The Germans had split their forces and sent them against two different objectives at right angles to each other. It would have been hard to supply either advance or give them sufficient air support. Moreover, the southward advance, originally supposed to be the main one, was itself split between two objectives—the Black Sea coast and the oil fields. In practice, the Caucasus advance would become more and more subordinate to capturing Stalingrad. Aside from other diversions, Hitler transferred the Grossdeutschland Division to the west, where he feared an Allied landing. in France. Directive 45 has much claim as the death warrant for Germany’s last chances of success in the east.
A decreasing fraction of the Axis forces in the east carried out the drive for the oil fields, supposedly the objective of the whole campaign; but it might not have been possible to supply stronger forces even had they been available. Already, in late July, as it started south of the Don, Army Group A was not well supplied and suffered serious fuel shortages. Just one railroad running south from Rostov supported the German advance, and only airlifts were able to get fuel to the spearhead divisions.
The Soviets were worried. On July 28, Stalin issued his “not a step back” order, which, with surprising frankness, recounted the loss of territory and resources the Soviets had suffered. He forbade further retreats, backing this command with horrendous threats of punishment. The order, however, does not seem to have applied in the great isthmus between the Black and Caspian Seas. There, the Soviets fell back, often in disorder, but evaded the planned encirclement south of the Don. On July 29, Field Marshal List had urged canceling the planned move, for the Soviets were retreating too quickly to be trapped.
At this stage, the Germans were in the rare position of actually outnumbering the Soviet troops in both men and equipment. The battered Soviet Southern Front was absorbed by Marshal Budyonny’s North Caucasus Front, which was backed up, to the south and east, by Gen. Ivan Tyulenev’s Transcaucasus Front. The North Caucasus Front numbered no less than eighteen divisions, but some were in bad shape. The Soviets frantically mobilized local resources, forming new units in the Transcaucasus, where they thought the population was relatively dependable, while ruthlessly rounding up and deporting Muslim Caucasian mountaineers like the Chechens. Although the Germans supposed that the Caucasus had been cut off from the rest of the USSR, the Soviets had made the region self-supporting except for tanks and planes. Contact was maintained by sea, and between August 6 and September the Soviets shipped two guards corps and eleven separate infantry brigades to the Caucasus from Astrakhan.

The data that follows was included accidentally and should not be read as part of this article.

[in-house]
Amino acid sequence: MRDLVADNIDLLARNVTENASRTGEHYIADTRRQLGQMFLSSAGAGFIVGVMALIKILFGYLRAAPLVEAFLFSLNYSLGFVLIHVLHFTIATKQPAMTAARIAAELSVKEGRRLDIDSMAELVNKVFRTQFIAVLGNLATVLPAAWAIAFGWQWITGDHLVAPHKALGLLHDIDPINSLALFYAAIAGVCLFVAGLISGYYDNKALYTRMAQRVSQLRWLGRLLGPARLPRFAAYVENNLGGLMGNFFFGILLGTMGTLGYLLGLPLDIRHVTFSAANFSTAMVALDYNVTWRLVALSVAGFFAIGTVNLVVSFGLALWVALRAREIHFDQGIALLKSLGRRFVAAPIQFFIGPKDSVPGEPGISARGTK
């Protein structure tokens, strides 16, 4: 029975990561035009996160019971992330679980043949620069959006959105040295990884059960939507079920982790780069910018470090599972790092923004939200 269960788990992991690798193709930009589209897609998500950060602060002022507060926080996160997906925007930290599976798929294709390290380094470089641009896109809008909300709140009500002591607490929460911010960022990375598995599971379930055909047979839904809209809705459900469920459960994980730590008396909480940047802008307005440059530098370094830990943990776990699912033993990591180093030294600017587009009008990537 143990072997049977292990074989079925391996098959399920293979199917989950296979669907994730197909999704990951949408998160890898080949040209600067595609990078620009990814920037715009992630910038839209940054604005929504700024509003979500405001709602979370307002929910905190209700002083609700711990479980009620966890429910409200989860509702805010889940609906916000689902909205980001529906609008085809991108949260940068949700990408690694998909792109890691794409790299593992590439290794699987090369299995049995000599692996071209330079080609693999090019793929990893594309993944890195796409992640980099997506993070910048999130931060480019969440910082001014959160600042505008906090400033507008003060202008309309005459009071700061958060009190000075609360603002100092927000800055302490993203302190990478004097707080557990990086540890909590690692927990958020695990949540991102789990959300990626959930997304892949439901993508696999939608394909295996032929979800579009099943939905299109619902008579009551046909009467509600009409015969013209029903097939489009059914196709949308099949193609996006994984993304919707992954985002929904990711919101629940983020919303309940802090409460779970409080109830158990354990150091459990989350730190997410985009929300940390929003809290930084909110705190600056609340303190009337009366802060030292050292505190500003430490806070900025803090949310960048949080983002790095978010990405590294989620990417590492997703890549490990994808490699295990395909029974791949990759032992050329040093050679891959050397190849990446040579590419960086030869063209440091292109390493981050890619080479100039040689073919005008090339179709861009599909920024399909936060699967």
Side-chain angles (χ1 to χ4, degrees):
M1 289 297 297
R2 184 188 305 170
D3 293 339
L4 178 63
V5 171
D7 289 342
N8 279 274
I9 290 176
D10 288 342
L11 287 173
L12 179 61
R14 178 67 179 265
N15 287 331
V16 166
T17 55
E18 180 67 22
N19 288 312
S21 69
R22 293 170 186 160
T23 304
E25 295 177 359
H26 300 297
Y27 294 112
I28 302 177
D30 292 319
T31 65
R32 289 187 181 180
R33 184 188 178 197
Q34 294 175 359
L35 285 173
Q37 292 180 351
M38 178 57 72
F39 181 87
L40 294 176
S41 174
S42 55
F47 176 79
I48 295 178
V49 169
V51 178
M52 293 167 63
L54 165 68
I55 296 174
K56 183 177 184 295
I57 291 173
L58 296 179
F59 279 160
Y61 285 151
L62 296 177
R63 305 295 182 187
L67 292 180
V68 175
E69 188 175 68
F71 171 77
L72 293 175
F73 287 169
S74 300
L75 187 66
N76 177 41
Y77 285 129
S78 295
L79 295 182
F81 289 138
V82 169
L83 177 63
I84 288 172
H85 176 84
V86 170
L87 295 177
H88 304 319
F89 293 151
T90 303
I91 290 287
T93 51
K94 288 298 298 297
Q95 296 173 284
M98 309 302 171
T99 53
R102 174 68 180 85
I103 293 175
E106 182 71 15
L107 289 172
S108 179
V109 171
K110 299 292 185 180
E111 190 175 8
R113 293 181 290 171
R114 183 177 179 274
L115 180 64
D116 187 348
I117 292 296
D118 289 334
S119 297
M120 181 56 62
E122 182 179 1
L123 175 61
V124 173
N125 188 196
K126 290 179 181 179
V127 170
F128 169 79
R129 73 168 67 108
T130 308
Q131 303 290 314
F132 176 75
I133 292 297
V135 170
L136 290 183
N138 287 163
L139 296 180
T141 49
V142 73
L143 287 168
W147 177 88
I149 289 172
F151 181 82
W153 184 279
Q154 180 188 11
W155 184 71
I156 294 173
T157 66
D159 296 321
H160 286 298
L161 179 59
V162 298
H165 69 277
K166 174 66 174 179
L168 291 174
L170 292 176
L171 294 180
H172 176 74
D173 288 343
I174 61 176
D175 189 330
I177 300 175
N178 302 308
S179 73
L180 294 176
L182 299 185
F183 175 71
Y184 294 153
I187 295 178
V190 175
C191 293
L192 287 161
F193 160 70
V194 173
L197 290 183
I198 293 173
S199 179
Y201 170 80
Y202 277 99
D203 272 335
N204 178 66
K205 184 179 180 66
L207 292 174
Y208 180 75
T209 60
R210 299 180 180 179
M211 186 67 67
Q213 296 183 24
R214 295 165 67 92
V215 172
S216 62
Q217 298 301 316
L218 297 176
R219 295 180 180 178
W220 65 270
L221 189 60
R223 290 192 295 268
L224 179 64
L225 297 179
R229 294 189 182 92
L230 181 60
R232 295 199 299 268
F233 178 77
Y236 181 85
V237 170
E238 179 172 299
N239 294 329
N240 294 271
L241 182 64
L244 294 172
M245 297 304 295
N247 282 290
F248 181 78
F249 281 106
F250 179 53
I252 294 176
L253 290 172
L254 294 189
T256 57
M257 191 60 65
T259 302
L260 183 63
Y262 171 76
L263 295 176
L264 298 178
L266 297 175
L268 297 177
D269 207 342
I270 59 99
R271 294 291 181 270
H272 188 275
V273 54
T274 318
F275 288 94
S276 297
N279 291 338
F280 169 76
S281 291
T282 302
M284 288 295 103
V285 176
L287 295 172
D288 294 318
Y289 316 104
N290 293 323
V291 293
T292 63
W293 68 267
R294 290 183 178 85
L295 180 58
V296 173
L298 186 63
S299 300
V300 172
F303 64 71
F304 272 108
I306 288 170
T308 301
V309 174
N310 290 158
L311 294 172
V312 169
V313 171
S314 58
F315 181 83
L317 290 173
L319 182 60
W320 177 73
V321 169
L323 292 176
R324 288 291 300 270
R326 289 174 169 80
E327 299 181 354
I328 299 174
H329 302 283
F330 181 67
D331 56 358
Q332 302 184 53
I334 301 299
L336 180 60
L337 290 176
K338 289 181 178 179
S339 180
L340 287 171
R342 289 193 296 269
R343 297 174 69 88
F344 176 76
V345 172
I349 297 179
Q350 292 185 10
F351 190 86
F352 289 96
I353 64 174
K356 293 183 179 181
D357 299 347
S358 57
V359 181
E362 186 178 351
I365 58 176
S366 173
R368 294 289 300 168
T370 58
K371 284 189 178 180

The drive to the Caucasus steadily lost resources and priority. On July 31, Hitler transferred the Fourth Panzer Army and most of its units to Army Group B, which drove northeast on Stalingrad. Army Group A also had to cede a Romanian corps; nevertheless, it made surprising progress at first. Field Marshal List, despite the failure of the encirclement south of the Don, was quite optimistic in early August about reaching Baku, 700 miles from Rostov. But Army Group A was badly spread out, with twenty divisions on a front growing to a length of more than 500 miles, and operating on two divergent axes—the Seventeenth Army south through Krasnodar to the coast and the First Panzer Army southeast toward Grozny and Baku. The Seventeenth Army itself was split between an effort toward Novorossisk in the northeast and an attack toward Sukhumi-Batum in the southwest over the higher mountains. The first German penetration into the mountains on August 12 struck lightly guarded passes and took the Soviets by surprise, but they soon pulled back to a shortened front in incredibly rugged terrain. The Germans found themselves inching along narrow mountain trails through dense forests. Their clothing and equipment were unsuitable. Only mules, caterpillar-tracked motorcycles, and Schwimmwagens (amphibious Volkswagens) could get up the trails. The First Panzer Army also lost momentum. The Army Group steadily lost more units and air support to Army Group B. Three Italian mountain divisions were diverted to join Eighth Italian Army on the Don, while a panzer division, a flak division, and two rocket launcher brigades left for Stalingrad, along with most of Richthofen’s supporting planes.
Supplying even the remaining units was difficult. Moving fuel to the front was especially arduous. The Germans even used camels. The truck columns bringing up supplies themselves ran out of gas. The Germans resorted to the expedient of running trains over short stretches of open track, loading the trains from trucks at one end and shifting the cargo back to trucks at the other.
By mid-August, the First Panzer Army was pessimistic, and both German armies were slowing to a halt. The Germans took the least important oil field at Maikop only to find it thoroughly demolished. As early as August 26, List warned that his forces would have to take up winter positions soon and that he needed reinforcements and more air support.